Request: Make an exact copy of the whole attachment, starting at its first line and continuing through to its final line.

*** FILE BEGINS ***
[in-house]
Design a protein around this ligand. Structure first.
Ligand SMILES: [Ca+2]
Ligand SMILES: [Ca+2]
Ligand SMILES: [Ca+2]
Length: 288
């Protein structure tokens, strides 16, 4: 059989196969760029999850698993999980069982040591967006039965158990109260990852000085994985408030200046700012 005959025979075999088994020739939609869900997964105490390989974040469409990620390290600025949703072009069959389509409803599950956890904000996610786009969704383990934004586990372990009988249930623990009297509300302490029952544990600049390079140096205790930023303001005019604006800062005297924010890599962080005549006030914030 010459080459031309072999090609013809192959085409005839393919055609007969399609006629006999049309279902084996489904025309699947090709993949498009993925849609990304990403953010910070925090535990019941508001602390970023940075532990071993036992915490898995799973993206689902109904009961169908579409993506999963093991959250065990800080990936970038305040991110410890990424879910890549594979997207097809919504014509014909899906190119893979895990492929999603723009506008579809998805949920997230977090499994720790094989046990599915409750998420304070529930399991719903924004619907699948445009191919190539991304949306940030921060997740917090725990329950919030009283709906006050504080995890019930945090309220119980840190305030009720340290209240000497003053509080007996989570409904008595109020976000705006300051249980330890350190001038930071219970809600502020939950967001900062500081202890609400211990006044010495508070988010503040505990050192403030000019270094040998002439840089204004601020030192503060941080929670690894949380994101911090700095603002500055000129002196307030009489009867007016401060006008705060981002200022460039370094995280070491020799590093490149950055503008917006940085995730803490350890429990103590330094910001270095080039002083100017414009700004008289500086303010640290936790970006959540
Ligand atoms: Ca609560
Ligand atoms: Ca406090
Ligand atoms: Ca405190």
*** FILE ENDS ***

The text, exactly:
[in-house]
Design a protein around this ligand. Structure first.
Ligand SMILES: [Ca+2]
Ligand SMILES: [Ca+2]
Ligand SMILES: [Ca+2]
Length: 288
């Protein structure tokens, strides 16, 4: 059989196969760029999850698993999980069982040591967006039965158990109260990852000085994985408030200046700012 005959025979075999088994020739939609869900997964105490390989974040469409990620390290600025949703072009069959389509409803599950956890904000996610786009969704383990934004586990372990009988249930623990009297509300302490029952544990600049390079140096205790930023303001005019604006800062005297924010890599962080005549006030914030 010459080459031309072999090609013809192959085409005839393919055609007969399609006629006999049309279902084996489904025309699947090709993949498009993925849609990304990403953010910070925090535990019941508001602390970023940075532990071993036992915490898995799973993206689902109904009961169908579409993506999963093991959250065990800080990936970038305040991110410890990424879910890549594979997207097809919504014509014909899906190119893979895990492929999603723009506008579809998805949920997230977090499994720790094989046990599915409750998420304070529930399991719903924004619907699948445009191919190539991304949306940030921060997740917090725990329950919030009283709906006050504080995890019930945090309220119980840190305030009720340290209240000497003053509080007996989570409904008595109020976000705006300051249980330890350190001038930071219970809600502020939950967001900062500081202890609400211990006044010495508070988010503040505990050192403030000019270094040998002439840089204004601020030192503060941080929670690894949380994101911090700095603002500055000129002196307030009489009867007016401060006008705060981002200022460039370094995280070491020799590093490149950055503008917006940085995730803490350890429990103590330094910001270095080039002083100017414009700004008289500086303010640290936790970006959540
Ligand atoms: Ca609560
Ligand atoms: Ca406090
Ligand atoms: Ca405190």